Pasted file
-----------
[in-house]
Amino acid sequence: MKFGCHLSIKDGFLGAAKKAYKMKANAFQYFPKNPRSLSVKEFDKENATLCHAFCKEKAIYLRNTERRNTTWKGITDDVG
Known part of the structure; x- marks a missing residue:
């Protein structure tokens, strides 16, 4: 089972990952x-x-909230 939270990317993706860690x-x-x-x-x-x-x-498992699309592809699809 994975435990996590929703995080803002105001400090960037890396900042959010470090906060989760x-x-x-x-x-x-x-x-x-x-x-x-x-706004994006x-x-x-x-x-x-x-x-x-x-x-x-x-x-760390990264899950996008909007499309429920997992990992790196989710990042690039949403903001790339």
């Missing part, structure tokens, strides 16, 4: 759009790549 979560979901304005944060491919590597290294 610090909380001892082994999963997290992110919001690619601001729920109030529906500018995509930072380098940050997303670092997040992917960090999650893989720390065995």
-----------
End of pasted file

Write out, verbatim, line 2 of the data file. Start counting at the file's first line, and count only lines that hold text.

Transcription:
Amino acid sequence: MKFGCHLSIKDGFLGAAKKAYKMKANAFQYFPKNPRSLSVKEFDKENATLCHAFCKEKAIYLRNTERRNTTWKGITDDVG